Traditional models of diplomacy hold only one lesson for how to manage this world: that they are themselves totally insufficient. Rather than finding common projects through which to transcend their differences, the few leading powers of the world, from America and Brazil to China and Japan, are still feeling one another out about which red lines should not be crossed in each other’s affairs. Any time we turn to them for leadership—whether at the UN Security Council or the Copenhagen climate summit—we are let down. Where governments fail, great powers come to prop them up, not to reinvent them. Where people clash, they send peacekeepers, not peacemakers. And so we accelerate into a perfect storm.
All grand global schemes miss the point that representation—democratic or otherwise—is not enough to satisfy our visceral need to be in control of our own affairs. Today, for the first time, the underrepresented and disenfranchised have access to information, communication, money, and the tools of violent revolution to demand and effect real change, not just new variations on the status quo. They will constantly pressure the system to evolve. Out-of-touch governments and international organizations are already feeling the heat from a bottom- up awakening: labor unions and coca farmers in Latin America, the Arab underclass in the Middle East, the Pashtuns of south-central Asia, Maoists and Naxalite tribal groups in India, and migrant laborers in China. International bureaucrats should expect nothing less than a technologically empowered revolt against their plans—or perhaps they will simply be ignored altogether. It would be too easy to suggest that all states must be strengthened, and that the world of strong sovereign nations should be re-created. That world never really existed. We should embrace the next one.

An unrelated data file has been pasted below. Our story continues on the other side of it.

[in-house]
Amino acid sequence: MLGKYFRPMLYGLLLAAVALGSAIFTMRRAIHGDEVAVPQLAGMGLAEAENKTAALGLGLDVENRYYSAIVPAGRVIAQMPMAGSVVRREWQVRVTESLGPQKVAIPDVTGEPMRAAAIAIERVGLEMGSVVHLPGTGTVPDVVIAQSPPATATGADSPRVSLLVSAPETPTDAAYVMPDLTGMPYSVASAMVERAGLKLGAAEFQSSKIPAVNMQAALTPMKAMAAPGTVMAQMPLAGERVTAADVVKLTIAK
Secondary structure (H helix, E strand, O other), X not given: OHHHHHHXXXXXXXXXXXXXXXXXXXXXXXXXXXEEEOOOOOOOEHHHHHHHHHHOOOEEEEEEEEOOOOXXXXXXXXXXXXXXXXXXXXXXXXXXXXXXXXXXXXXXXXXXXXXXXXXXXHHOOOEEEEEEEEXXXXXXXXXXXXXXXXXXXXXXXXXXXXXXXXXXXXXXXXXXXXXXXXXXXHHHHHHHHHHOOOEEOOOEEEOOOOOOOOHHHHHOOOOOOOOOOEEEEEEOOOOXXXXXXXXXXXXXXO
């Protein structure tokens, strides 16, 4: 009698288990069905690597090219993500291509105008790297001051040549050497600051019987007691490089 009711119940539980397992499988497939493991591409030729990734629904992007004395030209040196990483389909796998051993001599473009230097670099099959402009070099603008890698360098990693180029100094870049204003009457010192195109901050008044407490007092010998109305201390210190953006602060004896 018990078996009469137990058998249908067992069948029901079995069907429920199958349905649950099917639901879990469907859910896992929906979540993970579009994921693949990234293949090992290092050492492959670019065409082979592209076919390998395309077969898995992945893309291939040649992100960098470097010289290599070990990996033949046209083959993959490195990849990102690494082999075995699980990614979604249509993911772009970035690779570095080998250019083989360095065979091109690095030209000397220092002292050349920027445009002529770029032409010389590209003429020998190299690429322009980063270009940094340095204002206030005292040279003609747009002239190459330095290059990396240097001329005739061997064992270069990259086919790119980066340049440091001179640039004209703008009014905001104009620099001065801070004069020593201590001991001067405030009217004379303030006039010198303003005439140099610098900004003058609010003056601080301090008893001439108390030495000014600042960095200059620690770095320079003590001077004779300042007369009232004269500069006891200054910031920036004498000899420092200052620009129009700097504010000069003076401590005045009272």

We are in the early phase of a new era in which each individual and collective has the ability to pursue its own ends. The information revolution has empowered individuals to claim their own authority, leading us into a world of mutuality among countless communities of various sizes. This unfolding epoch will force us to appreciate the second law of thermodynamics: the inexorability of universal entropy. Complexity is our permanent reality. The future will be about multiple sovereignties, not exclusive ones.
We must pursue an active evolution toward this more networked order. “Active” means not waiting for a more capable America, China’s adaptation to global leadership, or more blue-ribbon panels to reform the United Nations. In their own spheres of activity, governments should focus on internal stability and delivering the basics to the populations within their borders, NGOs should devote themselves singularly to empowering local communities, companies should view their employees and supply chains as their citizens and infrastructure, and religious groups should practice the Golden Rule themselves to be considered legitimate. Importantly, all of these actors should allow organic alliances to emerge to solve the problems at hand. We can admire the boundless creativity of human ingenuity all we want. Better diplomacy is how to harness it. If you can afford to buy this book, or have the technology to order it, you have no excuse to not contribute to the new mega-diplomacy.